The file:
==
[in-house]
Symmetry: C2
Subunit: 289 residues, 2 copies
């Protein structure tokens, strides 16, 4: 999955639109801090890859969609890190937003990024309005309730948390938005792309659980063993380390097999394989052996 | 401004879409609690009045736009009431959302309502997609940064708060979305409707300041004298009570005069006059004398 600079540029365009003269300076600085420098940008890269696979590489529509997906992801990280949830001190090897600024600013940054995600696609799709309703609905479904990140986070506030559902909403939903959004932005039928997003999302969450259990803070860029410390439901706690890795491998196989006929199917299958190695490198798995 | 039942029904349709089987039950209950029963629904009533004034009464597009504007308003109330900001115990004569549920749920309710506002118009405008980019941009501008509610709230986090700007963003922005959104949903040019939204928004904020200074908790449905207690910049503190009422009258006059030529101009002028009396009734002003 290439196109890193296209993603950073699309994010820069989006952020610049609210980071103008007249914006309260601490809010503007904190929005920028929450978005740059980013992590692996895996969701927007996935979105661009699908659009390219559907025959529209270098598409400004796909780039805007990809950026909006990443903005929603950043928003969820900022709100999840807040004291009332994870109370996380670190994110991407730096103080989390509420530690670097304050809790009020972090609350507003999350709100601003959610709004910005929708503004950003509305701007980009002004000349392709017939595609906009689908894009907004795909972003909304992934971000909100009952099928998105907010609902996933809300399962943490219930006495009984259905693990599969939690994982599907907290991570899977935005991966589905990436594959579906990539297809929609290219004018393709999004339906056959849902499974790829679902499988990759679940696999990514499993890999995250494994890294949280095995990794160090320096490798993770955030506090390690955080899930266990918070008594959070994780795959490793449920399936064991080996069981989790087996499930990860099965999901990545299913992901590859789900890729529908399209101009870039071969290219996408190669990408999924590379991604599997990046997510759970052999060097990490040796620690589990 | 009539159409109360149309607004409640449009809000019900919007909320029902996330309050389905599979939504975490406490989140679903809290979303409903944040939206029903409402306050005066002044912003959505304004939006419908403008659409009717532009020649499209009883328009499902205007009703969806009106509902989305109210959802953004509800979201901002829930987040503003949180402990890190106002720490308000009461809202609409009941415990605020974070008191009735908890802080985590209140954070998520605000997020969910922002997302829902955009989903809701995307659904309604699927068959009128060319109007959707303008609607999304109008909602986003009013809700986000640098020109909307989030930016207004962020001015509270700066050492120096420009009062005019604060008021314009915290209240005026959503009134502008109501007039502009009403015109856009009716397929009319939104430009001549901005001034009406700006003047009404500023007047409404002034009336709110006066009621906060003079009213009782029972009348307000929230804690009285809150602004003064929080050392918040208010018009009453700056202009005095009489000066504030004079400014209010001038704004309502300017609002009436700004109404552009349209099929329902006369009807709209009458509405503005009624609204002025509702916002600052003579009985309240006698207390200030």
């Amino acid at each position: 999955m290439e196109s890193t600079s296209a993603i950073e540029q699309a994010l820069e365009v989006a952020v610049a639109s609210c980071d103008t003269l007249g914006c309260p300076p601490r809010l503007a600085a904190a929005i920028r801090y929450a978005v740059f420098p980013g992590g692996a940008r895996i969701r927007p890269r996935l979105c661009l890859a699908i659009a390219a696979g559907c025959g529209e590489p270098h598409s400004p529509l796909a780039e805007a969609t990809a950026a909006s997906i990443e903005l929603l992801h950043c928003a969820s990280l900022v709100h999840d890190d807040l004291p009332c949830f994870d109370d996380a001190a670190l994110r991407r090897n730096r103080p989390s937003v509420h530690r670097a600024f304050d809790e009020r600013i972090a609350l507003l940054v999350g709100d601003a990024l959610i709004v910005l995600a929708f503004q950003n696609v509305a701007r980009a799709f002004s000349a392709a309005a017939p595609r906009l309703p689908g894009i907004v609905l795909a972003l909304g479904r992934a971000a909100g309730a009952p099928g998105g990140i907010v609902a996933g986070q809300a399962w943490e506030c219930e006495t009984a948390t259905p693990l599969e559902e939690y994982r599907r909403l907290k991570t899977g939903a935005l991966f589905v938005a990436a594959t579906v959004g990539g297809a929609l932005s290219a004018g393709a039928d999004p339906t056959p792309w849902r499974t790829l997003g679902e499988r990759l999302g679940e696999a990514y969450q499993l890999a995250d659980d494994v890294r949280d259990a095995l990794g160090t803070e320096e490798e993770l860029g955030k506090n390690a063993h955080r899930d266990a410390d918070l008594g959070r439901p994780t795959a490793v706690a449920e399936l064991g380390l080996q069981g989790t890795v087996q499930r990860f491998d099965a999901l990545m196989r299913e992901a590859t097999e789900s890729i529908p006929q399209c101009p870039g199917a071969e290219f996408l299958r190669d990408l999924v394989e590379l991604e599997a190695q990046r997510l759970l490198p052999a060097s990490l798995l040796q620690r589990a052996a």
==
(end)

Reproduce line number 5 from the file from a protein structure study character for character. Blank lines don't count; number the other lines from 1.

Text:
């Amino acid at each position: 999955m290439e196109s890193t600079s296209a993603i950073e540029q699309a994010l820069e365009v989006a952020v610049a639109s609210c980071d103008t003269l007249g914006c309260p300076p601490r809010l503007a600085a904190a929005i920028r801090y929450a978005v740059f420098p980013g992590g692996a940008r895996i969701r927007p890269r996935l979105c661009l890859a699908i659009a390219a696979g559907c025959g529209e590489p270098h598409s400004p529509l796909a780039e805007a969609t990809a950026a909006s997906i990443e903005l929603l992801h950043c928003a969820s990280l900022v709100h999840d890190d807040l004291p009332c949830f994870d109370d996380a001190a670190l994110r991407r090897n730096r103080p989390s937003v509420h530690r670097a600024f304050d809790e009020r600013i972090a609350l507003l940054v999350g709100d601003a990024l959610i709004v910005l995600a929708f503004q950003n696609v509305a701007r980009a799709f002004s000349a392709a309005a017939p595609r906009l309703p689908g894009i907004v609905l795909a972003l909304g479904r992934a971000a909100g309730a009952p099928g998105g990140i907010v609902a996933g986070q809300a399962w943490e506030c219930e006495t009984a948390t259905p693990l599969e559902e939690y994982r599907r909403l907290k991570t899977g939903a935005l991966f589905v938005a990436a594959t579906v959004g990539g297809a929609l932005s290219a004018g393709a039928d999004p339906t056959p792309w849902r499974t790829l997003g679902e499988r990759l999302g679940e696999a990514y969450q499993l890999a995250d659980d494994v890294r949280d259990a095995l990794g160090t803070e320096e490798e993770l860029g955030k506090n390690a063993h955080r899930d266990a410390d918070l008594g959070r439901p994780t795959a490793v706690a449920e399936l064991g380390l080996q069981g989790t890795v087996q499930r990860f491998d099965a999901l990545m196989r299913e992901a590859t097999e789900s890729i529908p006929q399209c101009p870039g199917a071969e290219f996408l299958r190669d990408l999924v394989e590379l991604e599997a190695q990046r997510l759970l490198p052999a060097s990490l798995l040796q620690r589990a052996a």